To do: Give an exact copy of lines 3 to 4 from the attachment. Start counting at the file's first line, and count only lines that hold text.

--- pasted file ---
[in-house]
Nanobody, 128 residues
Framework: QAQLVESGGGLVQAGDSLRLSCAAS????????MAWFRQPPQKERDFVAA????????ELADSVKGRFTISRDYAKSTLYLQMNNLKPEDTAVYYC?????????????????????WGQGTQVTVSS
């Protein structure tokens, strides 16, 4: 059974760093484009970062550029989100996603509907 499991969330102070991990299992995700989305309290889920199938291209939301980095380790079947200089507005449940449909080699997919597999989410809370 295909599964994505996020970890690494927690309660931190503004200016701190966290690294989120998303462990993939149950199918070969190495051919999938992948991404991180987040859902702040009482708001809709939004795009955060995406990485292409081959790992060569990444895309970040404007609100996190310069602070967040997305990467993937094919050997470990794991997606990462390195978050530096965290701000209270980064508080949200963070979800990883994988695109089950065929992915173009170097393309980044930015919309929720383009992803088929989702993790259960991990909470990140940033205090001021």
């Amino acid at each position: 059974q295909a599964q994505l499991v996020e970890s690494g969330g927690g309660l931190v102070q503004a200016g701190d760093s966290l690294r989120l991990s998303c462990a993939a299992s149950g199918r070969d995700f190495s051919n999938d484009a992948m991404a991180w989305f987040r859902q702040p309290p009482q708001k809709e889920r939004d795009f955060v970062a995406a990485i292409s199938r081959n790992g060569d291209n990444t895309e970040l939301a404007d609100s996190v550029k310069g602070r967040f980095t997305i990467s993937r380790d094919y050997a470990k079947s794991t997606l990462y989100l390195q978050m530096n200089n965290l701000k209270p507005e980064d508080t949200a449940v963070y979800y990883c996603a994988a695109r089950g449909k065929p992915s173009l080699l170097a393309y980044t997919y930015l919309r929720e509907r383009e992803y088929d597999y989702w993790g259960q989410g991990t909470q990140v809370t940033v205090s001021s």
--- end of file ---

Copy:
Framework: QAQLVESGGGLVQAGDSLRLSCAAS????????MAWFRQPPQKERDFVAA????????ELADSVKGRFTISRDYAKSTLYLQMNNLKPEDTAVYYC?????????????????????WGQGTQVTVSS
């Protein structure tokens, strides 16, 4: 059974760093484009970062550029989100996603509907 499991969330102070991990299992995700989305309290889920199938291209939301980095380790079947200089507005449940449909080699997919597999989410809370 295909599964994505996020970890690494927690309660931190503004200016701190966290690294989120998303462990993939149950199918070969190495051919999938992948991404991180987040859902702040009482708001809709939004795009955060995406990485292409081959790992060569990444895309970040404007609100996190310069602070967040997305990467993937094919050997470990794991997606990462390195978050530096965290701000209270980064508080949200963070979800990883994988695109089950065929992915173009170097393309980044930015919309929720383009992803088929989702993790259960991990909470990140940033205090001021």